For those brought up on the modus operandi of the past 30 years, it is difficult to adjust to the monumental shift in US politics. The idea that General Motors – for so long the jewel in the crown of American manufacturing – will now be reshaped by the federal government is remarkable.

From finance to industry, the US government is now more involved in the economy than at any time since the 1930s. Furthermore, while the Republicans stand on the sidelines, warning of creeping socialism – itself an amazing charge – most of society seems to believe that there is little alternative other than a huge dose of state intervention to rescue the economy.

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Democratic forces in Berlusconi’s Italy are increasingly beleaguered. More than ever they need our support, not our silence and consent

Until the rise of Silvio Berlusconi in 1994, few would have thought that a major western European country could once again fall under something resembling the spell of fascism. Fifteen years later, Italy is unrecognisable, home to a process of political change that should be watched – and feared – by everyone in Europe. It is a warning of how the fabric of democracy can be progressively undermined from within, and that, far from being external and alien, the seeds of authoritarianism lie within the body politic.

The term fascism is so defined by powerful historical imagery that the phenomenon itself seems to be of historical relevance only; yet Berlusconi is an extremely modern figure, reflecting the worst and most insidious features of contemporary western and, in particular, Italian culture. Nor should our concerns be lessened or diluted by what might be described as the more superficial and comical aspects of Italian culture: non-Italians generally see both Mussolini and Berlusconi, to some degree, as figures of fun and ridicule. Every nation has its specificities.

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The UN conference on racism confronted western countries with difficult truths – but that’s no reason for anyone to walk out

I can think of only one international body that can lay claim to a semblance of democracy: the United Nations. All the other organisations that regard themselves as global – the International Monetary Fund, the World Bank and the World Trade Organisation – are creations of the west and their power structures reflect that fact. This is the reason why the United States has always had a troubled relationship with the UN; it is the one organisation where it is not assured of getting its own way. On the contrary, it often finds itself hugely outnumbered, resolutions on the Middle East and Israel being a classic trigger. That, rather than being strapped for cash, is why the US has always been so reluctant to pay its dues. So, it was no surprise to find the US boycotting this year’s UN World Conference against Racism in Geneva, or that it walked out of the first such meeting in Durban in 2001. America is invariably on the defensive on such occasions.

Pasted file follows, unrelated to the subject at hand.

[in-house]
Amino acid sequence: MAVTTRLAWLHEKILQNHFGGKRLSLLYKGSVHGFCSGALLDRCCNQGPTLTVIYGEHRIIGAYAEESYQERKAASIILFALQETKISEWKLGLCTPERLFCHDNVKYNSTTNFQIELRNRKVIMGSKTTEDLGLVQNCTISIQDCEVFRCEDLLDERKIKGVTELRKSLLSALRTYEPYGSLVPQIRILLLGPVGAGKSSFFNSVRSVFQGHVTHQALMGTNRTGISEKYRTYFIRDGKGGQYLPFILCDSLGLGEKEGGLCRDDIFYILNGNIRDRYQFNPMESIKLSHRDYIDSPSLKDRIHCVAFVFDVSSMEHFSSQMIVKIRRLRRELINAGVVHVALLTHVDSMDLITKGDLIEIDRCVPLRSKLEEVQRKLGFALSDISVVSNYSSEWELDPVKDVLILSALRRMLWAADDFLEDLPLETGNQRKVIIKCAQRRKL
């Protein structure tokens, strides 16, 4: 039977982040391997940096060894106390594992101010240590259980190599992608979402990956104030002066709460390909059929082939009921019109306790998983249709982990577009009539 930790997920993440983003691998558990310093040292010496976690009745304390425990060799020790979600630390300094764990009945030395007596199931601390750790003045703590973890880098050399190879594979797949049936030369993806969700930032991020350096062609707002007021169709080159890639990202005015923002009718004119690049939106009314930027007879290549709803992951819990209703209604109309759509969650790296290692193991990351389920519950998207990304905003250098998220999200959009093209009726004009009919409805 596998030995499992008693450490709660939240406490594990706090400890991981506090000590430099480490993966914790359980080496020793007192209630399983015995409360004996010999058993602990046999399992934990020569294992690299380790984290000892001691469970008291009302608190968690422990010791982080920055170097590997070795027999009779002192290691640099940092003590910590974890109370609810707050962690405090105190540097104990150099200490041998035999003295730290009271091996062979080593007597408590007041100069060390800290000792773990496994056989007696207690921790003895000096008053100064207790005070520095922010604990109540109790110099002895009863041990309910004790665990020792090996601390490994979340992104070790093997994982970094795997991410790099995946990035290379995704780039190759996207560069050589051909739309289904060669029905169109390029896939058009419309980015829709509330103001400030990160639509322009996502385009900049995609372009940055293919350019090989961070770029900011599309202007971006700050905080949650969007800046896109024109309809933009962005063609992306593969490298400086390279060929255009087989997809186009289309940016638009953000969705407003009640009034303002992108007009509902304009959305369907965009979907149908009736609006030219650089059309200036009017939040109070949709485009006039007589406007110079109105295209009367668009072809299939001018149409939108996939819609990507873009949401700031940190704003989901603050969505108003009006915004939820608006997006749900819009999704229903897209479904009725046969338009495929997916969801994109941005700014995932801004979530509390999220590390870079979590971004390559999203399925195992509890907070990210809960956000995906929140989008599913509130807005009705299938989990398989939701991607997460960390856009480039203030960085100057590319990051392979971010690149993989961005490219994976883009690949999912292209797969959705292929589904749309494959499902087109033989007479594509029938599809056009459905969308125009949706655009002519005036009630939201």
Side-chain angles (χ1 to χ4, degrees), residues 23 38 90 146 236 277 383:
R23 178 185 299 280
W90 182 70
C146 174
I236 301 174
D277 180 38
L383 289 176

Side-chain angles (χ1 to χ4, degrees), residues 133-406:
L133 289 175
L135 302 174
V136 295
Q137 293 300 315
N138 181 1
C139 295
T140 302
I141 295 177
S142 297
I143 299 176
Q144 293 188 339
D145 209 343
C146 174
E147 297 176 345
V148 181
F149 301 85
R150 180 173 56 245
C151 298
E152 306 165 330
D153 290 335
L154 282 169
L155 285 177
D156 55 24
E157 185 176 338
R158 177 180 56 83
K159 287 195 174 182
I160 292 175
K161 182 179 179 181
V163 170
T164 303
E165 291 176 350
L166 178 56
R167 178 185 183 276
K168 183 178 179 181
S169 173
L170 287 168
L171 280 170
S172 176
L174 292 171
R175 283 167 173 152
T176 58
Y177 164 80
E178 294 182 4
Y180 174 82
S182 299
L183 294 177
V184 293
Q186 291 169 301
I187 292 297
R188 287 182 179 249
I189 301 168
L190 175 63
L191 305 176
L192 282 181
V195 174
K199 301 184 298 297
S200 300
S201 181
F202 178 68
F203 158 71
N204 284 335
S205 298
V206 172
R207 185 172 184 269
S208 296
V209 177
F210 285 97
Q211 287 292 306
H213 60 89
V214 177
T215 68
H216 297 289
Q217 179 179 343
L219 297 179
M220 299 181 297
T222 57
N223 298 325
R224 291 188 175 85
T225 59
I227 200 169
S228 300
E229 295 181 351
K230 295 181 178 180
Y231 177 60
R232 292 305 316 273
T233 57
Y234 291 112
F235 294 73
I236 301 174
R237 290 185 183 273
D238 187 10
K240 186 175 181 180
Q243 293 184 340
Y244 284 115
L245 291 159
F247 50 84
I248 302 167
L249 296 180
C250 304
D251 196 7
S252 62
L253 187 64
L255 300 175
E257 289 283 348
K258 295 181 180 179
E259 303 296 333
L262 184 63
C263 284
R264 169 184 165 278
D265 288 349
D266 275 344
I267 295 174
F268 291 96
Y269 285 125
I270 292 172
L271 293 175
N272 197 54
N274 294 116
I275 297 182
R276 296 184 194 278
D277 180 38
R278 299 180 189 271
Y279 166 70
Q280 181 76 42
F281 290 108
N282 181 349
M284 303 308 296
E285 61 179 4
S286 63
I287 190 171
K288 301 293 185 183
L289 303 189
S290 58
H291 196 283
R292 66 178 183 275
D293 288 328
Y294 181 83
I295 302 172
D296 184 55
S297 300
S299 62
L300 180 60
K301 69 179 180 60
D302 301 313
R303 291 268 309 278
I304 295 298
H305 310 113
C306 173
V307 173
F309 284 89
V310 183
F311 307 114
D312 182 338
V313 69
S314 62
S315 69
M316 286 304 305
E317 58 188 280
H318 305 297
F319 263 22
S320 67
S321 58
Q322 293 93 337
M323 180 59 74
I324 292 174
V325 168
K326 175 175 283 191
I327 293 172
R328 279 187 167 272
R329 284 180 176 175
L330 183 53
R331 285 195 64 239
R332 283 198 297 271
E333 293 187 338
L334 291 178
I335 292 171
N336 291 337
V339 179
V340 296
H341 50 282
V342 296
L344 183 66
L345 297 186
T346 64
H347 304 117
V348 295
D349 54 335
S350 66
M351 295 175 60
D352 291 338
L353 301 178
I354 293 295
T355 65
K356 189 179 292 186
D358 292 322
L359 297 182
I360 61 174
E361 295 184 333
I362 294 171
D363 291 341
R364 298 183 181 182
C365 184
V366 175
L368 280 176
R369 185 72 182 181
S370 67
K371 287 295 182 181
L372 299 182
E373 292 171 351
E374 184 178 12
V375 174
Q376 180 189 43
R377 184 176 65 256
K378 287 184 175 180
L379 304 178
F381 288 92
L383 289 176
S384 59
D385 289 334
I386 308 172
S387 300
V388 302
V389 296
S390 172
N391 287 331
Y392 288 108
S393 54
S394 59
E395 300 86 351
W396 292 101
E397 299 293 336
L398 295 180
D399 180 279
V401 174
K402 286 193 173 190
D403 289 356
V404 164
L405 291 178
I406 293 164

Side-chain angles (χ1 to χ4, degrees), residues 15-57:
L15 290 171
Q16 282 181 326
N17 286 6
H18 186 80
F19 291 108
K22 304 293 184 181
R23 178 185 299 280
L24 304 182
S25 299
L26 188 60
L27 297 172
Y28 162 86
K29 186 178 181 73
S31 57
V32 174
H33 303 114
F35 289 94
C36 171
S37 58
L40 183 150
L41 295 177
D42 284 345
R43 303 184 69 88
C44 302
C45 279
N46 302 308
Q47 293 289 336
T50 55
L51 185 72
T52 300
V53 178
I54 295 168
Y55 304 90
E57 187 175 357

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The Labour Party that capitulated so completely to neoliberalism is exhausted. If it is to be reinvigorated, it will have to embrace bold ideas

The end of the neoliberal era is surely cause for some celebration. It marked a decisive shift in the centre of gravity of power in society: from the state to the market, from society to the individual, from relatively egalitarian values to the embrace of inequality. In the past 30 years, there has been a formidable redistribution of power and wealth in favour of the rich.

It can be argued that it is premature to announce the end of neoliberalism, and of course, in a sense, this is true. An ideology that has acquired such dominance at all levels of society, from the person in the street to the man at No 10 – to the point where it has acquired the force of common sense – does not and cannot disappear overnight.

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US economic power is crumbling, but China is not yet ready to take over the reins

The G20 meeting on 2 April will deliver little but, like the first G20 meeting in Washington last November, its symbolism will be enormous. The very fact that it is taking place at all is an admission of the momentous shift in the global balance of economic power from the rich countries to the developing world.

If the western countries plus Japan could have sorted out this crisis through the G8, that would certainly have been their preferred route. The cosiness of eight nations (or preferably seven, excluding Russia) with rather similar interests would have made agreement rather easier and, more importantly, would not have implied that in future power would have to be shared with countries possessed of very different interests and histories.